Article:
Casey McGlynn holds a Diploma from Ontario College of Art & Design, Toronto, ON. He has shown his work across North America, most recently with his 2019 solo exhibition at Foster/White Gallery, and at Boulder Museum of Contemporary Art, Boulder, CO; by invitation at the Alabama State Council of the Arts, Montgomery, AL; at the Outsider Art Fair, New York, NY; and as a featured artist at the SOFA Exhibition in Chicaco, IL. He has been the recipient of multiple awards, has been a guest lecturer at several universities including at Brock University, St. Catherines, ON. His work is part of collections across North America.

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March 2021 | Tony Angell | Of Time and Place

 

 

Avian conservator and artist Tony Angell’s approach to art making has always centered around revealing not just the anatomical attributes of his subjects, but their unique characteristics, temperaments, and even the mood of the creatures he depicts. With this body of work, Of Time and Place, Angell takes it a step further, telling a complete story of a moment, allowing viewers to truly see beyond the creature into the a full narrative.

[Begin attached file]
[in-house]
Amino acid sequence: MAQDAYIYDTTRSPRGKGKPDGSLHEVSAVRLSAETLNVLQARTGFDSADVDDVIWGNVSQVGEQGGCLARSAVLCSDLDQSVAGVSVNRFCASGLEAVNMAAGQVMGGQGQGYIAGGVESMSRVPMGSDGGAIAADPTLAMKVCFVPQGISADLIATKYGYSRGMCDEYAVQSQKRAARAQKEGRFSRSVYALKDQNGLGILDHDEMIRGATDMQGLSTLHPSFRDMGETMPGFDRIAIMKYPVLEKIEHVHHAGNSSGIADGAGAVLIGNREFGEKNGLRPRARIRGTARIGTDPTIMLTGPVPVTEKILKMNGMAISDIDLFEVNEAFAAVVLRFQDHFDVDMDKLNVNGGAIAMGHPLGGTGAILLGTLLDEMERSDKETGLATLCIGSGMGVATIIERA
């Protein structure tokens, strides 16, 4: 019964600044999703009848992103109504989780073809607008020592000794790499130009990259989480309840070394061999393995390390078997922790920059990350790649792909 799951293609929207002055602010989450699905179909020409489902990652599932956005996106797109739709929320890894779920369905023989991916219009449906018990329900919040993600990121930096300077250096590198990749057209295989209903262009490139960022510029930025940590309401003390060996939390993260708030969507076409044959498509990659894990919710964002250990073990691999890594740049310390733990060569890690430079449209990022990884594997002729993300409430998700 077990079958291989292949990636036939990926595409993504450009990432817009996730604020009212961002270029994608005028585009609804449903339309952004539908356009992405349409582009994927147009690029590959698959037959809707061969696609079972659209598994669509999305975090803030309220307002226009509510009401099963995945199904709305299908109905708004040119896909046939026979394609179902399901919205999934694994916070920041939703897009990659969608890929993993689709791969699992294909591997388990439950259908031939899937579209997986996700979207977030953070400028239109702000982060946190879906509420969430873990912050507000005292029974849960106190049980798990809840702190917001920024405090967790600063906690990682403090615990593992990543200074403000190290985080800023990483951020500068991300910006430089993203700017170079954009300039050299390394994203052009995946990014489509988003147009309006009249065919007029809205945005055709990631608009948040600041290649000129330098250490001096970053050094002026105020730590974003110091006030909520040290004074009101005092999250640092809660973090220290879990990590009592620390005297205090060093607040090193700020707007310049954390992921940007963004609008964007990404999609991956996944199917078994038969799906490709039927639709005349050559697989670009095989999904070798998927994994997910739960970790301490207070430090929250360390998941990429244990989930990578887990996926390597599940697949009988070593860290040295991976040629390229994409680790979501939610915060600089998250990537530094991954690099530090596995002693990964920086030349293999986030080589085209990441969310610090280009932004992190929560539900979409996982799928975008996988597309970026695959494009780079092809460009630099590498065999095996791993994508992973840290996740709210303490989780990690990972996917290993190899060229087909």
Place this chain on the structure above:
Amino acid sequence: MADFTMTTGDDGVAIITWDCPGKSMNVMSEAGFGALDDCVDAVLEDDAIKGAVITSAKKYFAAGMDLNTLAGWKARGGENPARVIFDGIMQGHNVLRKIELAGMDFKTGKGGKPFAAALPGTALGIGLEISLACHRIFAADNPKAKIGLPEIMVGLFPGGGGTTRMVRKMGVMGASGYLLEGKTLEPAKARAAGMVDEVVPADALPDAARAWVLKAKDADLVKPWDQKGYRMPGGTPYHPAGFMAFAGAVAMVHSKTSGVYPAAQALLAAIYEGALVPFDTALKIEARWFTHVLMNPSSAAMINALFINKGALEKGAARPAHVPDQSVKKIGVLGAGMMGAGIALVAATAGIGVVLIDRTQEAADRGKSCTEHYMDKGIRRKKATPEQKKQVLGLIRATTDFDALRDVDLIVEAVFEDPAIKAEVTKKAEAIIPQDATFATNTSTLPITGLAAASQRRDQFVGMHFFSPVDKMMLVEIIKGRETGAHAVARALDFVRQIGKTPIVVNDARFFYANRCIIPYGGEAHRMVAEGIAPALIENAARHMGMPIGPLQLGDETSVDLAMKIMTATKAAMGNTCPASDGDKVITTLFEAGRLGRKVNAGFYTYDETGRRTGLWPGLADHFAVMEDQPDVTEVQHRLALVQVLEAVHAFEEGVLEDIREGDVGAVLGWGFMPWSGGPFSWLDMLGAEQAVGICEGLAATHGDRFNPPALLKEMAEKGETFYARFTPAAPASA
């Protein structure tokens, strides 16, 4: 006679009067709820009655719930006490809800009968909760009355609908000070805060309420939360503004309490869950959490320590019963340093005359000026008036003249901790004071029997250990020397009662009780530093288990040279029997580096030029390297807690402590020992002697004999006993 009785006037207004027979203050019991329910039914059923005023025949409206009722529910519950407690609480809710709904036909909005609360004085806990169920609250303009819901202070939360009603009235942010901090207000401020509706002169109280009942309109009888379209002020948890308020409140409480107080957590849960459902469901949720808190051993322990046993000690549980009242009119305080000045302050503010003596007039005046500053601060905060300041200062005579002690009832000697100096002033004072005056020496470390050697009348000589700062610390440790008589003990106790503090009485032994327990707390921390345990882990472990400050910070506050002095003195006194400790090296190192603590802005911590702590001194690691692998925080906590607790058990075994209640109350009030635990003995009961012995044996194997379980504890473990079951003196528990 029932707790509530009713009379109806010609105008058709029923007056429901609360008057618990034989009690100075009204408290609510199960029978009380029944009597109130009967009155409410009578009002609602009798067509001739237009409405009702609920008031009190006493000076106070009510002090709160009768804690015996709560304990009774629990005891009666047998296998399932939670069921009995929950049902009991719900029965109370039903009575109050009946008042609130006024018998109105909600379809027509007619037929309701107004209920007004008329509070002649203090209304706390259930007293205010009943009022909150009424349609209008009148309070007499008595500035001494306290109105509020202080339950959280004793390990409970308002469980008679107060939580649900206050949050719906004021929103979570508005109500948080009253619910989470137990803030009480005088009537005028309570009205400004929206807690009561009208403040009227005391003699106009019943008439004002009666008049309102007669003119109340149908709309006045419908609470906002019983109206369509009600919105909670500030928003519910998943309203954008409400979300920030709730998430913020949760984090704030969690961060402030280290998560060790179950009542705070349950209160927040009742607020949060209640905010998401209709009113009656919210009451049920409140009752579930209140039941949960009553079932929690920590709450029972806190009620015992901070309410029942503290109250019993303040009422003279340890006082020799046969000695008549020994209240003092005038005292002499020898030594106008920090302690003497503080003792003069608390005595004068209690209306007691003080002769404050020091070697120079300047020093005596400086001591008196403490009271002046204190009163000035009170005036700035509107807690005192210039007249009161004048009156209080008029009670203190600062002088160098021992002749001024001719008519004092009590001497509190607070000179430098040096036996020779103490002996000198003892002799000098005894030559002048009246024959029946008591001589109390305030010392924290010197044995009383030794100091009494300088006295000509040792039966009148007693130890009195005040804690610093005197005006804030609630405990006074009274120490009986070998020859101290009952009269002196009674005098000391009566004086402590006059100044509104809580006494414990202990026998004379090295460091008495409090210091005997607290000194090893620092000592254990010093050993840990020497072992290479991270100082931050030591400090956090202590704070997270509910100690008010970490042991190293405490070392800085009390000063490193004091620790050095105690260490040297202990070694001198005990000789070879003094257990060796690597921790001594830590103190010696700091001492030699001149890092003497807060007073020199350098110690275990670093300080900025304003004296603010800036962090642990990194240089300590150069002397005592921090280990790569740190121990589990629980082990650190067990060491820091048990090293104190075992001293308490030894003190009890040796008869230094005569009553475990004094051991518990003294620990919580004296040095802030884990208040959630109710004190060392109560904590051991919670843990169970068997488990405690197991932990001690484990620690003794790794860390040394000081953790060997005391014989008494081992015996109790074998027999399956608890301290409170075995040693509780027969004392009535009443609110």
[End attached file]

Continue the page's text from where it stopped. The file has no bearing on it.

Best known for his stone and bronze sculptures, Angell has also created prints, drawings, and clayboard works in tandem with his three dimensional pieces. Of Time and Place consists completely of lithographs made over the last 35 years which Angell has revisited, hand-coloring each with pastels. “As I revisited each piece, I found myself more involved with the stories and what I could see in color. Color captures the attitude. Color invited me to do a lot more than simply interpret the form, design, and characteristics [of the birds]. The color gave me the opportunity to see the stories surrounding each subject, and the moment they were in.”
Pieces in the exhibition will range in size from 8 x 10 inches to 42 x 28 inches in size.
 

Tony Angell holds both a BA and MA in speech communication from the University of Washington, Seattle. Among other awards, he received the V&A Illustration Award and Overall Winner from the Victoria & Albert Museum in London, for his work on In the Company of Crows and Ravens, written with John Marzluff.  Angell’s work has been featured in dozens of gallery and museum exhibitions across the United States, including the Leigh Yawkey Woodson Art Museum, Wausau, WI; Museum of Northwest Art, La Connor, WA; and the Gilcrease Museum of Art, Tulsa, OK. His work can be found in many private collections and in public collections including  Frye Art Museum, Seattle, WA; Seattle Art Museum, Seattle, WA; Museum of Wildlife Art, Jackson, WY; and Victoria & Albert Museum, London, UK.